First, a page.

I’m a crankbait guru. There’s nothing better or more exciting to me than feeling those big head shakes on the end of a flimsy cranking rod. Although I consider myself more of a shallow water crankbait angler most times, I’ve spent a lot of time in the past 5 years studying and experimenting with deep cranking. During this period I’ve learned a lot about what I like and don’t like in deep-diving plugs.
So when I heard claims of the Mann’s E-Z 30+ Crankbait easily reaching the 30-foot mark, I had to see it and use it in order to believe it. I’ve been tinkering with it for the past month or so and it’s a very unique crankbait, to say the least.
There are 4 things I think anglers should know about this plug.
- Dives quickly
- Relatively easy to fish
- It can do a 180-degree turn
- Well built
Dives quickly and efficiently
Selecting a crankbait that quickly dives to its proper operating depth is very important— especially when you’re targeting deep bass in the summer and winter months. Wasting half of your cast waiting for the plug to reach its horizontal plane is inefficient and reduces your chances of getting bit.
So let’s talk about the diving depth of the E-Z 30+ Crankbait first. I’ve found this crankbait incredibly easy to cast whether I’m fishing in windy or calm conditions, which allows it to reach its maximum depth with no problems whatsoever. After a bomb cast, I’ll put my rod tip a few inches above the water and engage in a medium-speed retrieve. Sure enough, about 1/4 of the way through my retrieve I was ticking the bottom of creek channels in 32.3 feet of water according to my Lowrance.
Mann’s recommends using 12 to 14-pound line with this lure for optimum depth, but I’ve actually had more success using 10-pound Sunline Reaction FC. The thinner diameter gets it down very easily and has allowed me to reach depths even deeper than advertised.
It’s not difficult to use
Yes, I know— crankbaits are pretty simple lures. But I’m referring to the wear and tear on your arms, hands and ribs when cranking this 1 1/2-ounce plug in ridiculously deep water. Before I fished with it, I was quite curious to see how 30-foot deep cranking I could stand.
This lure is relatively narrow when compared to many other big plugs and much to my surprise, it’s not too laborious to use for several hours at a time. You’re not going to feel the trademark “thump” of most deep crankbaits when you fish with it. It tends to shimmy a lot more which, in my opinion, aids in reducing its resistance. Now, it’s important to understand that it’s going to pull more than your average crankbaits due to its big bill—it’s just the nature of the beast—but it feels very similar to most 20-foot crankbaits throughout the retrieve.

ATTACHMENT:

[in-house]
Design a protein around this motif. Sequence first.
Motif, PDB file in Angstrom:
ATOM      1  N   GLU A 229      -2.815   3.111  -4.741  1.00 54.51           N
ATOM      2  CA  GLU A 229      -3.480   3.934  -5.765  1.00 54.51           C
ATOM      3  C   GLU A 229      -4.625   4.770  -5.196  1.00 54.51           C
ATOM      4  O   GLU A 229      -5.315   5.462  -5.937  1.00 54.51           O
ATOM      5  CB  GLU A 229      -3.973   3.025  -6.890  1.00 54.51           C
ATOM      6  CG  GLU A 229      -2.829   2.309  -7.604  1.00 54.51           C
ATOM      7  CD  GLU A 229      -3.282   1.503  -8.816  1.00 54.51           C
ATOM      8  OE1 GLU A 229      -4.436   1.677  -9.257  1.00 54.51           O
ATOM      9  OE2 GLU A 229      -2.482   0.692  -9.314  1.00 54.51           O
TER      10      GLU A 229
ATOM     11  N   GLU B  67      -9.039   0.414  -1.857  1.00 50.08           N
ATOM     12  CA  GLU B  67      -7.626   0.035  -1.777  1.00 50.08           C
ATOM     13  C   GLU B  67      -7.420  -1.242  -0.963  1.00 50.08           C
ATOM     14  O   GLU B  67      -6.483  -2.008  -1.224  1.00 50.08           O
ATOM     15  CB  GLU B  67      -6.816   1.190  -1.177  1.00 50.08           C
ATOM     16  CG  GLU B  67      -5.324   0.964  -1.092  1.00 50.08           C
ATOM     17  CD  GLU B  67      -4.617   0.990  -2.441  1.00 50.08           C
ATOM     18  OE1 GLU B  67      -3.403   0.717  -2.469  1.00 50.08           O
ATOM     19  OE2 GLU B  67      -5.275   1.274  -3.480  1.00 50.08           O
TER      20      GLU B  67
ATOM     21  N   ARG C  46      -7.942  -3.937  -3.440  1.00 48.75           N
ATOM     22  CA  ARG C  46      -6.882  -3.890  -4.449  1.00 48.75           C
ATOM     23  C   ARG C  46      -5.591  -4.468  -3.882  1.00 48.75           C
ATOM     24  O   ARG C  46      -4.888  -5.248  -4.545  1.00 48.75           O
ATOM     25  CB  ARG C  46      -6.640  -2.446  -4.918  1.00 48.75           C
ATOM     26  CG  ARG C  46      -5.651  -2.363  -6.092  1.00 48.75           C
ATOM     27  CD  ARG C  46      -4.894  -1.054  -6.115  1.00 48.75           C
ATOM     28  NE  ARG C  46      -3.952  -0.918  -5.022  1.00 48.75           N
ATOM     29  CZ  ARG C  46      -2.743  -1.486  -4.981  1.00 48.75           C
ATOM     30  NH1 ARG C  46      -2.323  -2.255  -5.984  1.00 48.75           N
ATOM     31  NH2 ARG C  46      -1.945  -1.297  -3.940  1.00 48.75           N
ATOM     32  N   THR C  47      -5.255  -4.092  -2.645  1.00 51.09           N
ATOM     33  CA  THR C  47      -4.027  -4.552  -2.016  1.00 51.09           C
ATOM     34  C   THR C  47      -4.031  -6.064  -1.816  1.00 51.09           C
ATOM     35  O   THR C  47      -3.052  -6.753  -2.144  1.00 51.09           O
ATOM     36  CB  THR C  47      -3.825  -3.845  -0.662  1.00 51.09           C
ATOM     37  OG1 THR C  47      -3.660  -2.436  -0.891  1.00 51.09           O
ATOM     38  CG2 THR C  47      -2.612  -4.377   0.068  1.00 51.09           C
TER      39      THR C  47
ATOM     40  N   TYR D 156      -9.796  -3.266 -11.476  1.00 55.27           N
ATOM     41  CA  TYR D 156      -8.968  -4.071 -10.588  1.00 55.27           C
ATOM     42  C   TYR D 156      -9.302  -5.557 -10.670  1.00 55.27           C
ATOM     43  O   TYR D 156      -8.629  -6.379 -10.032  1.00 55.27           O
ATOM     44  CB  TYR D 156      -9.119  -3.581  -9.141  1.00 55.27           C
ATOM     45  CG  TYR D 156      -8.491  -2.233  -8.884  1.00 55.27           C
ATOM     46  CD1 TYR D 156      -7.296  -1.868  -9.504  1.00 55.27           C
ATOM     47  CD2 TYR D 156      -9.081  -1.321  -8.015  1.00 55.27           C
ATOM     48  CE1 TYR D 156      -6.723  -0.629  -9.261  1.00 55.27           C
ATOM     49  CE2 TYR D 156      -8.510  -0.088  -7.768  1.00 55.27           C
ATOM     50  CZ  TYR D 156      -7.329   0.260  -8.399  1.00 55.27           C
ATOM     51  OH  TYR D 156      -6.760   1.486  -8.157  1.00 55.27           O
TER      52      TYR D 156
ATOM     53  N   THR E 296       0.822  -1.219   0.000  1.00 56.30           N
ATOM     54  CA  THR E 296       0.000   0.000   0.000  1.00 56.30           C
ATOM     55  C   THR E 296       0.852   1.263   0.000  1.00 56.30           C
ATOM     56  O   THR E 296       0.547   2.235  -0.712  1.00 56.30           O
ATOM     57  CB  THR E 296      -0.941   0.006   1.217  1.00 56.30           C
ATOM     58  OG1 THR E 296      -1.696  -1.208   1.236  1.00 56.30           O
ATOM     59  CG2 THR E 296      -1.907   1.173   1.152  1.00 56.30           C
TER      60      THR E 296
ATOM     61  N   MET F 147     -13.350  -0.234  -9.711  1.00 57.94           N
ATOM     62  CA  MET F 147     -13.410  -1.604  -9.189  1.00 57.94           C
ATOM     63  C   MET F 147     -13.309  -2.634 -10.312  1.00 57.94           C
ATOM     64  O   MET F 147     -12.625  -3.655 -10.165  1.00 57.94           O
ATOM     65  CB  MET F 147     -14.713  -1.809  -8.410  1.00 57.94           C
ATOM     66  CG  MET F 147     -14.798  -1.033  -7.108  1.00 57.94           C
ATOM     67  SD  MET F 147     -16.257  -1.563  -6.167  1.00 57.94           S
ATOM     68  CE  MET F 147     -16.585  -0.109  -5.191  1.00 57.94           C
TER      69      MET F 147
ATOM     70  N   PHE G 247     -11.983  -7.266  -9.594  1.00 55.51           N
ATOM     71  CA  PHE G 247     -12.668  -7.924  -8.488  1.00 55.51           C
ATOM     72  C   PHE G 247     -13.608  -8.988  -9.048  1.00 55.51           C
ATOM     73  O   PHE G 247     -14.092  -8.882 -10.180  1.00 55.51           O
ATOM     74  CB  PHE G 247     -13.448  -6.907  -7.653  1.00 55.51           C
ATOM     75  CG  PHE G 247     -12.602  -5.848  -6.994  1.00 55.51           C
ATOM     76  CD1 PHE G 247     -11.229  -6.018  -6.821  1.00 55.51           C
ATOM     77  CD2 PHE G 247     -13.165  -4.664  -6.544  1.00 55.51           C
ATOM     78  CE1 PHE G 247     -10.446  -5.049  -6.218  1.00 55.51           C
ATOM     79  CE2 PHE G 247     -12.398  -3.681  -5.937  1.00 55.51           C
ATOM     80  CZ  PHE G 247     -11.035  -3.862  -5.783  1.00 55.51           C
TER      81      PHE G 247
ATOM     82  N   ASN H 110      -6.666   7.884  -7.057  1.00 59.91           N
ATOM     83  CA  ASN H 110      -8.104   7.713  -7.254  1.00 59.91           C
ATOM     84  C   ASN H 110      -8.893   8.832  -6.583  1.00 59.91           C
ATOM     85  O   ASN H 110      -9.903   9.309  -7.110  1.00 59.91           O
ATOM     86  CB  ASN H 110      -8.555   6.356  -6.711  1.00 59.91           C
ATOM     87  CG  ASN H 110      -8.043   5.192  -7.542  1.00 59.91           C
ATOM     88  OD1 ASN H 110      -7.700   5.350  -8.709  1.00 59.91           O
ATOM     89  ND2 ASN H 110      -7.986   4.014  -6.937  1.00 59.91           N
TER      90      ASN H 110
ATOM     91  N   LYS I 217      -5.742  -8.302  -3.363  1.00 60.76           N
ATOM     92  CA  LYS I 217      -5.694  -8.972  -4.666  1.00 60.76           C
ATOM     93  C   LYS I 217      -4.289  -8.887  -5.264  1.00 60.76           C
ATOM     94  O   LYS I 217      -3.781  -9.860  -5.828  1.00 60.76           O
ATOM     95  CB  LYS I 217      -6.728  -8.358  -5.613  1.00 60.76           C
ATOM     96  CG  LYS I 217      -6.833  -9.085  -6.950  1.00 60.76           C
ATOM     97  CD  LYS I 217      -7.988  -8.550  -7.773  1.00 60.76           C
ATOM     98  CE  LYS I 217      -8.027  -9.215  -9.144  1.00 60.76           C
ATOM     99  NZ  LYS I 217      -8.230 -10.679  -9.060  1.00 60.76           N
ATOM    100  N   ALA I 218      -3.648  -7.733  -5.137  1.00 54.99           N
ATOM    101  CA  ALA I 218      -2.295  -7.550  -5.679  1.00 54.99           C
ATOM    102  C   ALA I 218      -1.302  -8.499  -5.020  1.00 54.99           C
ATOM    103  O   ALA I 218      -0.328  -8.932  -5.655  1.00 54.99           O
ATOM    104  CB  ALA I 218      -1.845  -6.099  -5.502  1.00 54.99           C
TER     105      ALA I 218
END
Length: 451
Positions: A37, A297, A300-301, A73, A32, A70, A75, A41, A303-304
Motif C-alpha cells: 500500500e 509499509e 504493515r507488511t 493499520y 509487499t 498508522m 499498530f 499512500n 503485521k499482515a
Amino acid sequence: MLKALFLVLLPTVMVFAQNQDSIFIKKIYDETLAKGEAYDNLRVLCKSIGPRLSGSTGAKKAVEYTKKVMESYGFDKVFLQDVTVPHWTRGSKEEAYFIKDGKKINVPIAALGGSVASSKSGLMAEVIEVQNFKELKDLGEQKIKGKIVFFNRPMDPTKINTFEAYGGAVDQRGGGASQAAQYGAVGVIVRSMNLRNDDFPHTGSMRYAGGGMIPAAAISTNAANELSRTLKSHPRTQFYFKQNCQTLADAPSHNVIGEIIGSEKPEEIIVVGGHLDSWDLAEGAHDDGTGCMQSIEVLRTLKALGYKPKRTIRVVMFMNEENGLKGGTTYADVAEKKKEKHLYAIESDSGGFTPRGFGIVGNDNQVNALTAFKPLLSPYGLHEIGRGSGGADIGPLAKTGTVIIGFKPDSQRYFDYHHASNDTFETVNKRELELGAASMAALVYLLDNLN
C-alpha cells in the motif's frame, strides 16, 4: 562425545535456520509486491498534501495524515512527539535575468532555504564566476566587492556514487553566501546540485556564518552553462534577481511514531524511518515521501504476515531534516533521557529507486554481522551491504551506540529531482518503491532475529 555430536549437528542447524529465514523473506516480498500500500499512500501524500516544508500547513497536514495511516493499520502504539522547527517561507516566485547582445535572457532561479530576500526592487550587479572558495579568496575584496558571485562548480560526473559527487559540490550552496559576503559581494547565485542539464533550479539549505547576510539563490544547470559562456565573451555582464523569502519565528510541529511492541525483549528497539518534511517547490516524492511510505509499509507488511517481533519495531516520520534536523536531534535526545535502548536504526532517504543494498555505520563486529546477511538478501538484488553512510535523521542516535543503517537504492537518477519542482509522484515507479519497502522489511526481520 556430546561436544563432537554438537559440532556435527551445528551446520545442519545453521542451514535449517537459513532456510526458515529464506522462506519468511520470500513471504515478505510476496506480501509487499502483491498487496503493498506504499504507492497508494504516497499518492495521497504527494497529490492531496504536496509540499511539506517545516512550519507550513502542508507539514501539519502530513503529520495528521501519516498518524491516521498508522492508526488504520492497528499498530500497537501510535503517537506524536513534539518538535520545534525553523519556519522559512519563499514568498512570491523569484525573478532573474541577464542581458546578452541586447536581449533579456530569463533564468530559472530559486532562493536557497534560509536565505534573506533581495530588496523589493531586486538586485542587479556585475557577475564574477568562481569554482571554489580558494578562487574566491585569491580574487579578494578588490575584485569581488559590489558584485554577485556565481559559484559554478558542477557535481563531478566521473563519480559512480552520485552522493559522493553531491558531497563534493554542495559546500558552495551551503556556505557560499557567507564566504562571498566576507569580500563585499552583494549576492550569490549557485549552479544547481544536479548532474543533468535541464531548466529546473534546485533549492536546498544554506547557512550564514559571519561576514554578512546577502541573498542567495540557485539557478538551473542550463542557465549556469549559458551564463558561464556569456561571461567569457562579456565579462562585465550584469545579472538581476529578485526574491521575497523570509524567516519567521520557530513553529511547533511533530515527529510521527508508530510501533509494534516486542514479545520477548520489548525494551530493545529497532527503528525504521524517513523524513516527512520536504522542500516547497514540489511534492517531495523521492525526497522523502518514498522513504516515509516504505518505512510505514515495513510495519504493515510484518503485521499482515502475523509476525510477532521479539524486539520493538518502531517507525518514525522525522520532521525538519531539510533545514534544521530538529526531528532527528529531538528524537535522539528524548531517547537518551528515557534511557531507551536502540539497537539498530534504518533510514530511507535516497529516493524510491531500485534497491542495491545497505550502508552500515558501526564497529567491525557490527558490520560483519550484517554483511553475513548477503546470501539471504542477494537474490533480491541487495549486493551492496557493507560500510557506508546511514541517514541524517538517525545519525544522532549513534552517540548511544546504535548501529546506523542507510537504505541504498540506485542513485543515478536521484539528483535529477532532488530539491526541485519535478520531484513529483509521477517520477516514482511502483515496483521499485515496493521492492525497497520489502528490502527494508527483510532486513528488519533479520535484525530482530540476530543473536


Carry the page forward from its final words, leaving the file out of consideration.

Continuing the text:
I will say, however, that using the “correct” rod is crucial to really optimize your experience with the Mann’s E-Z 30+ Crankbait. Don’t throw it on a flipping and pitching stick and expect it to be a walk in the park. Instead, rig it on a 7-foot, 10-inch medium or medium-heavy crankbait rod— I’ve used both with no issues. These rods are designed for giant plugs and their fast tips absorb a lot of the torque created by the lure’s oversized bill. This is one technique that’s hard to master without the proper equipment.
With that being said, this dude will put a serious bow in your rod. But if your hands and arms are conditioned to deep cranking, you won’t have any problems chunking and winding this lure for hours on-end.
It can pull a 180
I always like to spend some time experimenting with my crankbaits boatside because I think it’s important to understand how each rod movement and angle affects its behavior. And to be honest, I got a little giddy when I discovered what I’m about to tell you.
If you pause your retrieve and quickly throw some slack into your line, the Mann’s E-Z 30+ Crankbait will make a complete 180-degree turn. And it’s not a lackadaisical turn either— this sucker will spin around aggressively and generate some sweet reaction strikes.
Imagine a bass following this crankbait, just swimming along doing fish things and all of the sudden the lure flips a U-turn and stares the bass right in the face. One of two things are bound to happen— the bass will eat it out of pure reaction or run into it. Either way, it’s getting hooked.
This 180-degree turn also happens when the lure is deep, not just boatside. When you resume your retrieve, you can actually feel the crankbait turn itself around and continue on its original path.
It’s a quality lure
Fragile crankbaits are irritating. The whole point of ‘em, in my mind, is to slam ‘em against cover and structure, so I make an effort to use well built and durable plugs at all times.
I’ve found the E-Z 30+ to be solidly constructed and able to withstand lots of grinding and abuse. I would imagine the most “suspect” place on this lure is the connection point between the bill and the body due to the constant resistance, but I haven’t noticed any cracking, flexing or splitting of any kind.
The body of the lure has also been quite resistent to hook rash and teeth marks as well. Even when you bounce it off of deep rock piles the head and sides of the crankbait remain intact and free of chips. I would, however, change the trebles because although they’re moderately sharp out of the package, they tend to lose their sharpness rather quickly.
If you frequent deep fisheries and enjoy deep cranking, I think this is a crankbait worth adding to your tackle collection. It’s a quality lure with a unique action and intriguing capabilities and—come on—the darn thing dives 30 feet.